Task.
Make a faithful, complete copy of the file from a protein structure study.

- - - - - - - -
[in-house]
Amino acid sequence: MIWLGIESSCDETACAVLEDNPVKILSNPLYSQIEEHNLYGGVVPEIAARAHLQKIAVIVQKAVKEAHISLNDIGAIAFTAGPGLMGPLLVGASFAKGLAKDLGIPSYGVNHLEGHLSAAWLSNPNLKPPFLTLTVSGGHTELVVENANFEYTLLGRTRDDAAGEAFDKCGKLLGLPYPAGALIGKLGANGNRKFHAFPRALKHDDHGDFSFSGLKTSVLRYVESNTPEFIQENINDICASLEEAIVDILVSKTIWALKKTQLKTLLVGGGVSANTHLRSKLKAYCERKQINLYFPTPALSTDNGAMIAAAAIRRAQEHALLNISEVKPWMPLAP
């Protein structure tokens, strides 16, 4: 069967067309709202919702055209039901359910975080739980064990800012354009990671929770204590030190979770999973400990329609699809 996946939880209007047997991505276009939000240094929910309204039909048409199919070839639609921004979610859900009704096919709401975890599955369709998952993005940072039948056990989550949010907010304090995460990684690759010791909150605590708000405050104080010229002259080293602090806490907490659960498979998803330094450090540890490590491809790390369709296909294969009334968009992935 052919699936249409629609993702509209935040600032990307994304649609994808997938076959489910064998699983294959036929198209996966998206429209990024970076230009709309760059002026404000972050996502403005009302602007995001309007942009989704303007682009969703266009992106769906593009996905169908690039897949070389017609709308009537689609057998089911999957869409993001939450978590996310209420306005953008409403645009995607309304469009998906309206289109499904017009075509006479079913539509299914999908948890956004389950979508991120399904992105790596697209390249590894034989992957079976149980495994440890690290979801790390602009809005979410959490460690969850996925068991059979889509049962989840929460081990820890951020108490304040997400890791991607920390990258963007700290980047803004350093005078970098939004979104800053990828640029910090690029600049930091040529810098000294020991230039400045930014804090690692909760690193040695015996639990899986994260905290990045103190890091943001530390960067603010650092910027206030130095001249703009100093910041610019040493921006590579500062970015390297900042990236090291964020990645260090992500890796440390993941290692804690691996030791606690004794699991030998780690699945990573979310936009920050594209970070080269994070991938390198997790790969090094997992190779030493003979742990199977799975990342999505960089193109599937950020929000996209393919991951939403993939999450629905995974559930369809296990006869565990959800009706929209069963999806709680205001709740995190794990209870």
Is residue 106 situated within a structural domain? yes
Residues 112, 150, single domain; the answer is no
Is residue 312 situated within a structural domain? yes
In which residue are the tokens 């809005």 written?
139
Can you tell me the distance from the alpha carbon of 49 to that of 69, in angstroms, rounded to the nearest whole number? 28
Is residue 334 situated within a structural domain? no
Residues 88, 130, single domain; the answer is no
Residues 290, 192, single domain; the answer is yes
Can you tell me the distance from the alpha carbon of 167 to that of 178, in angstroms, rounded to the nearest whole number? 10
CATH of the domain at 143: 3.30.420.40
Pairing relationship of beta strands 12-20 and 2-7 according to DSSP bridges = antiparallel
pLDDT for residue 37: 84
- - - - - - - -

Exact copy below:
[in-house]
Amino acid sequence: MIWLGIESSCDETACAVLEDNPVKILSNPLYSQIEEHNLYGGVVPEIAARAHLQKIAVIVQKAVKEAHISLNDIGAIAFTAGPGLMGPLLVGASFAKGLAKDLGIPSYGVNHLEGHLSAAWLSNPNLKPPFLTLTVSGGHTELVVENANFEYTLLGRTRDDAAGEAFDKCGKLLGLPYPAGALIGKLGANGNRKFHAFPRALKHDDHGDFSFSGLKTSVLRYVESNTPEFIQENINDICASLEEAIVDILVSKTIWALKKTQLKTLLVGGGVSANTHLRSKLKAYCERKQINLYFPTPALSTDNGAMIAAAAIRRAQEHALLNISEVKPWMPLAP
């Protein structure tokens, strides 16, 4: 069967067309709202919702055209039901359910975080739980064990800012354009990671929770204590030190979770999973400990329609699809 996946939880209007047997991505276009939000240094929910309204039909048409199919070839639609921004979610859900009704096919709401975890599955369709998952993005940072039948056990989550949010907010304090995460990684690759010791909150605590708000405050104080010229002259080293602090806490907490659960498979998803330094450090540890490590491809790390369709296909294969009334968009992935 052919699936249409629609993702509209935040600032990307994304649609994808997938076959489910064998699983294959036929198209996966998206429209990024970076230009709309760059002026404000972050996502403005009302602007995001309007942009989704303007682009969703266009992106769906593009996905169908690039897949070389017609709308009537689609057998089911999957869409993001939450978590996310209420306005953008409403645009995607309304469009998906309206289109499904017009075509006479079913539509299914999908948890956004389950979508991120399904992105790596697209390249590894034989992957079976149980495994440890690290979801790390602009809005979410959490460690969850996925068991059979889509049962989840929460081990820890951020108490304040997400890791991607920390990258963007700290980047803004350093005078970098939004979104800053990828640029910090690029600049930091040529810098000294020991230039400045930014804090690692909760690193040695015996639990899986994260905290990045103190890091943001530390960067603010650092910027206030130095001249703009100093910041610019040493921006590579500062970015390297900042990236090291964020990645260090992500890796440390993941290692804690691996030791606690004794699991030998780690699945990573979310936009920050594209970070080269994070991938390198997790790969090094997992190779030493003979742990199977799975990342999505960089193109599937950020929000996209393919991951939403993939999450629905995974559930369809296990006869565990959800009706929209069963999806709680205001709740995190794990209870």
Is residue 106 situated within a structural domain? yes
Residues 112, 150, single domain; the answer is no
Is residue 312 situated within a structural domain? yes
In which residue are the tokens 């809005």 written?
139
Can you tell me the distance from the alpha carbon of 49 to that of 69, in angstroms, rounded to the nearest whole number? 28
Is residue 334 situated within a structural domain? no
Residues 88, 130, single domain; the answer is no
Residues 290, 192, single domain; the answer is yes
Can you tell me the distance from the alpha carbon of 167 to that of 178, in angstroms, rounded to the nearest whole number? 10
CATH of the domain at 143: 3.30.420.40
Pairing relationship of beta strands 12-20 and 2-7 according to DSSP bridges = antiparallel
pLDDT for residue 37: 84